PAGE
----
Flowers in your hair

I heard the crowd roar in the distance and if I tilted my head a certain way, I could see Wesley Schultz’s beard on the big screen. (I live in L.A. now, prepare yourself for a barrage of name drops).

A slight hiccup in my otherwise perfectly timed festival schedule now made me late to The Lumineers‘ set at BottleRock. I had already committed 50 minutes to standing in line for dinner and I was just 10 people away from the window. Sure, music festivals may seem like whimsical drug-laced fun, but if you’re serious about catching as many acts as your ears can physically handle without bleeding, then you haz needz to have a plan – and stick to it. Otherwise, you’ll end up hangry while listening to a local band that plays Billy Joel covers on kazoo.

It was the last day of the festival and up to that moment, everything had gone as planned…even better than expected. And now I just needed sustenance to get me through the final stretch, as I was going to need the extra carbs to dance and scream to the Red Hot Chili Peppers. (It took everything not to mention all of them by name just now. Los Angeles in the house!)

Prior to The Lumineers taking the stage, Darren Criss (GleeHedwig and the Angry Inch and the name that I just dropped) darted through my food line to head toward the main stage, along with a long conga line of concert goers, so when a flower-crowned young woman in a white dress said, “Excuse me,” I immediately took a step back to let her through.

Only she didn’t want through, she wanted in.

“She is very hungry,” she said pointing to a perfect 6-year-old blonde, blue-eyed girl.

“Me too” I said in that way you answer and look away when a stranger engages you in unwelcome small talk while trying to listen to Neyla Pekarek on cello.

Nonetheless she continued, “The line is like an hour long and she is very hungry. She is a child and can’t wait.”

Wait. What? This woman is serious. I looked at her in disbelief. I looked at the people in line around me in disbelief. After 50 minutes standing shoulder-to-shoulder with them, they were my new best friends, so it wasn’t weird. Steve, one of my new BFFs, said, “Wow, she’s using the kid card.” (Steve is probably not accurate, but I hadn’t dropped a name in a whole paragraph).

Clearly this woman, being incredibly attractive, like a French Jemima Kirke, was not expecting much of a push back, let alone such harsh judgement. So, she continued her ramble, “When you have a kid, they don’t understand to wait. And the line is very long.” She repeated, “The line is like an hour long.”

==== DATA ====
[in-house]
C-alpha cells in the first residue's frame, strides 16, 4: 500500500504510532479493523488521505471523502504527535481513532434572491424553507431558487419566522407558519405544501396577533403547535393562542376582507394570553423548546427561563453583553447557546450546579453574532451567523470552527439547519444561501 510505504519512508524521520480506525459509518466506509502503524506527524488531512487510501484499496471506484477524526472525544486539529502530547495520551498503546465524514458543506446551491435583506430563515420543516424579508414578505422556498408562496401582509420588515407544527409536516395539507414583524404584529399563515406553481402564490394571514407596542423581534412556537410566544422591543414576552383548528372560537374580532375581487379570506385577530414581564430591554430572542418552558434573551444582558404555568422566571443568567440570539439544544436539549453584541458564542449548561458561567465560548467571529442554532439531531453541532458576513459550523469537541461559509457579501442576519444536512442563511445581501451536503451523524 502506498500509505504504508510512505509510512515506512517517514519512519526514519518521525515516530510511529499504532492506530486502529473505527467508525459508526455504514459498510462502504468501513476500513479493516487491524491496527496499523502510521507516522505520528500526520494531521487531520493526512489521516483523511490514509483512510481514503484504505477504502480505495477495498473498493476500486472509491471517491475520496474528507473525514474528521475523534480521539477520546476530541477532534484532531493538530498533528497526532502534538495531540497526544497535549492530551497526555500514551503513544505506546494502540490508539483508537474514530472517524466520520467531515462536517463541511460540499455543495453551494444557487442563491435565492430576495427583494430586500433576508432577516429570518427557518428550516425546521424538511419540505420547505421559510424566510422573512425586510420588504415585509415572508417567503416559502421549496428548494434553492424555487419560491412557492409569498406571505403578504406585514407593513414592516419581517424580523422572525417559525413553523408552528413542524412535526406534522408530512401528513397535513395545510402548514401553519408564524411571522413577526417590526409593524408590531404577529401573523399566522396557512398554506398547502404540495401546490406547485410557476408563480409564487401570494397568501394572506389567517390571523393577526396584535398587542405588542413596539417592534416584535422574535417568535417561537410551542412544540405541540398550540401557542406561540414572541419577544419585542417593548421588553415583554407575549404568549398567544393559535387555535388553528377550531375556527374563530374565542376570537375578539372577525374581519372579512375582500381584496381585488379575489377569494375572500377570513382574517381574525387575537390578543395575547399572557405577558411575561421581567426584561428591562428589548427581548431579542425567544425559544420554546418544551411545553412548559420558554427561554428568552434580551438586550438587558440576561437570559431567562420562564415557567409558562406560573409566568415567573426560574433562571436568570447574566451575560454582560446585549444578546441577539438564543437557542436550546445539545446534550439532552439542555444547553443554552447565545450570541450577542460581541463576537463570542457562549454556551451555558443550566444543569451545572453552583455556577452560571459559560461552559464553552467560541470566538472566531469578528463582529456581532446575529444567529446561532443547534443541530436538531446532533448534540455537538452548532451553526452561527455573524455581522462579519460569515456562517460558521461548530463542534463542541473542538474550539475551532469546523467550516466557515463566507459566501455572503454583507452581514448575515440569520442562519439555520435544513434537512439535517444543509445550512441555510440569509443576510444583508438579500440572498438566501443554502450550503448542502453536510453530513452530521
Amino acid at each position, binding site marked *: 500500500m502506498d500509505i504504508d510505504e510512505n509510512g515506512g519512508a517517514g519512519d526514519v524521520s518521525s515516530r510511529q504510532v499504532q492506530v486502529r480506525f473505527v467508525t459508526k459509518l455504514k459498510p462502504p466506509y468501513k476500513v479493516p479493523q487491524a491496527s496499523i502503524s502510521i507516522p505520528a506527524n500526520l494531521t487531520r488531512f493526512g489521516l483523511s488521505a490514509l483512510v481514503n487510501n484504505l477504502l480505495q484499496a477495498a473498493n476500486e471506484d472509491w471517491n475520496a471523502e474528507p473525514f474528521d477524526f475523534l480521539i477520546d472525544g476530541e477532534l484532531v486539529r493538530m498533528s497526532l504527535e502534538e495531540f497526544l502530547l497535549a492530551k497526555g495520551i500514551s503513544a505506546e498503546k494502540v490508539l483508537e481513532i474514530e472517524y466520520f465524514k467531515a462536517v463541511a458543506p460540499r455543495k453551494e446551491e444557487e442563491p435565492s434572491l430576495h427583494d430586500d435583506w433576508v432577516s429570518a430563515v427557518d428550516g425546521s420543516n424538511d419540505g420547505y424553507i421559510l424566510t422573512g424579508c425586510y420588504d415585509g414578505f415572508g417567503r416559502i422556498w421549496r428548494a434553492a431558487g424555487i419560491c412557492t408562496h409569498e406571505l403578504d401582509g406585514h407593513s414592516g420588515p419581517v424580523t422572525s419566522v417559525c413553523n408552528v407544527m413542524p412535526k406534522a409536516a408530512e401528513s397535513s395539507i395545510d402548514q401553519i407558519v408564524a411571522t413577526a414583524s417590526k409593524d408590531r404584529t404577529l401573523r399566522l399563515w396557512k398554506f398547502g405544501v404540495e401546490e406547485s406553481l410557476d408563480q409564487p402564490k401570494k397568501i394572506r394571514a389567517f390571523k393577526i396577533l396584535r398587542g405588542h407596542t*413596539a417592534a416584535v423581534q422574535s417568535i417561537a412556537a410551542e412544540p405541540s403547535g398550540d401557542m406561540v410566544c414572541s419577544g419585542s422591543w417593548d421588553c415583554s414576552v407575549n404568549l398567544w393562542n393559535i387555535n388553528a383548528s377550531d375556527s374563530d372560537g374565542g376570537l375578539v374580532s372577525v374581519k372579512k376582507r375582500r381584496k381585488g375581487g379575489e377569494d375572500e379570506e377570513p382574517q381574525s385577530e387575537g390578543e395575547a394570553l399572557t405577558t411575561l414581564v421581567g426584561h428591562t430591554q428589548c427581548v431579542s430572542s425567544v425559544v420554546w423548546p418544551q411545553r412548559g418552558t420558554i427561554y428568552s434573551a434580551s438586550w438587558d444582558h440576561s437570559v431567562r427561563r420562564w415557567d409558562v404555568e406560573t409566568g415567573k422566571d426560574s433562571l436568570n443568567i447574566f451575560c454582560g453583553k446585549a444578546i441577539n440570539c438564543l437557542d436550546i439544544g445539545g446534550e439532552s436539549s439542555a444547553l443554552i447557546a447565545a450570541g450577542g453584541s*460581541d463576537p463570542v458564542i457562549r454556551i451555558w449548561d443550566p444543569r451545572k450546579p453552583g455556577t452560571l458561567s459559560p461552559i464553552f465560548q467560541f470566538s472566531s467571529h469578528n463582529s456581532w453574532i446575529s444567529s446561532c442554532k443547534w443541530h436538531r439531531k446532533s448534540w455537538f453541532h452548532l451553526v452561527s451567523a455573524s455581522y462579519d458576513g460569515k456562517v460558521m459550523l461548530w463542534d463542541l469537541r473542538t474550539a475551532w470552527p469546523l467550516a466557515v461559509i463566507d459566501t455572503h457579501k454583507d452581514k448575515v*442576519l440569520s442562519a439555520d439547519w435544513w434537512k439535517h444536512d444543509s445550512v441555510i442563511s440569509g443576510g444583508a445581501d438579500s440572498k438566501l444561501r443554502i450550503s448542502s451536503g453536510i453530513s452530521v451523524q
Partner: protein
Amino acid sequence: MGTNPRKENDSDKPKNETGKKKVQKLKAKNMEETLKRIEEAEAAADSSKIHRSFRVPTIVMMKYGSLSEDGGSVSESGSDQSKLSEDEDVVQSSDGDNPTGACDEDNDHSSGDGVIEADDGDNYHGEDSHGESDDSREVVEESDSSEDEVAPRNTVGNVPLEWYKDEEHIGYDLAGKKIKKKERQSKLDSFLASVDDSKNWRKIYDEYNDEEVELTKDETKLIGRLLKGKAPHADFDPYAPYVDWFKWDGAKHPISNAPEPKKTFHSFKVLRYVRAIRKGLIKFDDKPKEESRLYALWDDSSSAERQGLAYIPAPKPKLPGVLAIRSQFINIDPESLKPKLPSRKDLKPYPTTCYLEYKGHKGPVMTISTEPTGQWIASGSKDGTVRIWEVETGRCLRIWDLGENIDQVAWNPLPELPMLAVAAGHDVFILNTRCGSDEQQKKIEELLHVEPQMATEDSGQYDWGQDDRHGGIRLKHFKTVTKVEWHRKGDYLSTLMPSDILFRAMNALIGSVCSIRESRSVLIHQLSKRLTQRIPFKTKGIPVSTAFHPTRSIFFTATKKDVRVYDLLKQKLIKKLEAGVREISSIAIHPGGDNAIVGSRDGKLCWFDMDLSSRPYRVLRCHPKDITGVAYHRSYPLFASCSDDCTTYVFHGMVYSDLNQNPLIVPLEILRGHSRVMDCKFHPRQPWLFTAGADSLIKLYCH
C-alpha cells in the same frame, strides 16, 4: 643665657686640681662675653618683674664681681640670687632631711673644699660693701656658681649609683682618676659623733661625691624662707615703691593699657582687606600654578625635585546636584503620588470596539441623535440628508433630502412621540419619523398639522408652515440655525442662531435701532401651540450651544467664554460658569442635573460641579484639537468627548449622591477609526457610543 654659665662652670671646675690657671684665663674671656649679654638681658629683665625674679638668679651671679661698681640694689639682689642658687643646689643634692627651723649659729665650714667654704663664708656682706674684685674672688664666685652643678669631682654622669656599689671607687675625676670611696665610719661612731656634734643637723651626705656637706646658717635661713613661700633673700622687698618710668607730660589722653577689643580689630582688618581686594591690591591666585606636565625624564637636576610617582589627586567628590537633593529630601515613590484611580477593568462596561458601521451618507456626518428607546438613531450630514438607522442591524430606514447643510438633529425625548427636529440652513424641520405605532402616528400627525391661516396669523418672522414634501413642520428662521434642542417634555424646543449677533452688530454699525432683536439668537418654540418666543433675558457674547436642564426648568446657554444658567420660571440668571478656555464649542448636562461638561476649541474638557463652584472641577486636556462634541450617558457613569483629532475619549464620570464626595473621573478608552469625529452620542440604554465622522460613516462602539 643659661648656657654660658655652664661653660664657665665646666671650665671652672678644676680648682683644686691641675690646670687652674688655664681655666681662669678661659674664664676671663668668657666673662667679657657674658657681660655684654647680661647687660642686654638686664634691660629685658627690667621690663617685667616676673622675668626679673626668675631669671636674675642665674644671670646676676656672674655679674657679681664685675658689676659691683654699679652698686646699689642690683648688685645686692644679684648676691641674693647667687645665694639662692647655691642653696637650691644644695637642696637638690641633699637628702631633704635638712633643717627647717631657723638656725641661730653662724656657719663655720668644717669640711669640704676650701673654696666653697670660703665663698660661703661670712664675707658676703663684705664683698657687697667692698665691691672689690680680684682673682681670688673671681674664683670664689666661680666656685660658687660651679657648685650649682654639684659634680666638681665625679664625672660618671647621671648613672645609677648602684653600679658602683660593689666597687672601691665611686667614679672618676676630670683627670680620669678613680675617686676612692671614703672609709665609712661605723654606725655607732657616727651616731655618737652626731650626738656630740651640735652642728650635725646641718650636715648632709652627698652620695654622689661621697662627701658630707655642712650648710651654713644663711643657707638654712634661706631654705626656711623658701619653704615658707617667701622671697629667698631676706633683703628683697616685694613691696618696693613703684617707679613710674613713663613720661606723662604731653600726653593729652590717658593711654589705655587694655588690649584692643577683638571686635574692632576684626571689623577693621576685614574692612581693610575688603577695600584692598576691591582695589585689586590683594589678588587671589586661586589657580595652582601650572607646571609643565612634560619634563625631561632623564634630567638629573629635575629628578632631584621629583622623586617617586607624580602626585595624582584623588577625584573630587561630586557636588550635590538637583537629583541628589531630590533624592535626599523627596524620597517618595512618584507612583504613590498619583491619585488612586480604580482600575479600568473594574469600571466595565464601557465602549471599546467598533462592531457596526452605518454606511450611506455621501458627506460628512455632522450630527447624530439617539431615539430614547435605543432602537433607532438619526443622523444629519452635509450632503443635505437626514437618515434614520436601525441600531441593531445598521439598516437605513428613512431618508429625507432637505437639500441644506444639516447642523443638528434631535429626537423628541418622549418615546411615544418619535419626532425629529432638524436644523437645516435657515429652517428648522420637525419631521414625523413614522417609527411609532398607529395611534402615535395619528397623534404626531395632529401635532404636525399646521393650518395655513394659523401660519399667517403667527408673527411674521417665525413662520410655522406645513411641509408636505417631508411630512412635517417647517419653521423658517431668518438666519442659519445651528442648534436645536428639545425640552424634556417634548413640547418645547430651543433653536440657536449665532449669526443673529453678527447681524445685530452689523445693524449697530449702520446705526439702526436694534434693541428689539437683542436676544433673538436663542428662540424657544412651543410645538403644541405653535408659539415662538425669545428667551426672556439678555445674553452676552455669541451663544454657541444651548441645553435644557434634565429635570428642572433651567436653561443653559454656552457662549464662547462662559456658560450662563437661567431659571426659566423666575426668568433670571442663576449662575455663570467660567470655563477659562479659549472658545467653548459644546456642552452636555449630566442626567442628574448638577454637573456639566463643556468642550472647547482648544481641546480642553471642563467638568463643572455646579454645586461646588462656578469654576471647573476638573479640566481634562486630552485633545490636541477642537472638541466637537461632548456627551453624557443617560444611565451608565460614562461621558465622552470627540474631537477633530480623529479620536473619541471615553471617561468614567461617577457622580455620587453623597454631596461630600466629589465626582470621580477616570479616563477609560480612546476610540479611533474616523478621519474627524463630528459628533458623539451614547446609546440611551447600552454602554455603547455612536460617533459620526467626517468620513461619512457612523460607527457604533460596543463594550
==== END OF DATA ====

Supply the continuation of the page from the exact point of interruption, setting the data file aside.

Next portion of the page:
“I’m aware how long the line is because I’m in it,” my face transformed and my (h)anger was surely palpable. “Go ahead.” I let them in. She thanked me profusely, but I didn’t engage. I was in a silent internal rage. I couldn’t hear The Lumineers anymore. I could just hear my heartbeat and that terrible voice that lives inside of me saying all of the following things:

  • She played you like a fool.
  • You let her in because she’s hot, even though she’s wearing that ridiculous last-season-Coachella flower crown.
  • That’s not even her kid.
  • She is holding a beer. I wonder if she stood in line for it or used the kid to cut for it?
  • If the kid was really hungry, she would’ve been crying.
  • If the kid was really hungry, she would’ve asked to cut at the front of the line, not 10 deep.
  • You could’ve said no.

That was the only part of my internal monologue that was true. I could’ve said no. But I didn’t. Because it’s not the kid’s fault that her parent (but most likely guardian) is an idiot. And what’s two more minutes of waiting versus a lifetime of that little girl’s face popping-up in my head every night before going to sleep with a dubbed over voice saying, “I’m hungry, so hungry.”

I calmed myself and resumed listening to the distant chants of Ho, Hey. It was fine. This wasn’t going to ruin my perfect weekend in Napa. I envisioned grabbing my grilled cheese, plopping down on my blanket and enjoying the rest of the show.

But when it was finally her turn at the window, she didn’t know what to order…so I fucking lost my mind again.

Published by Mari

I was born with a widow's peak and a thick accent. I majored in English as a second language. I work ( and travel ( and sometimes do both.

3 thoughts on “Flowers in your hair

  1. One of my favorite thing: checking my email and finding one from RELATIVITY.

    You NEVER disappoint!



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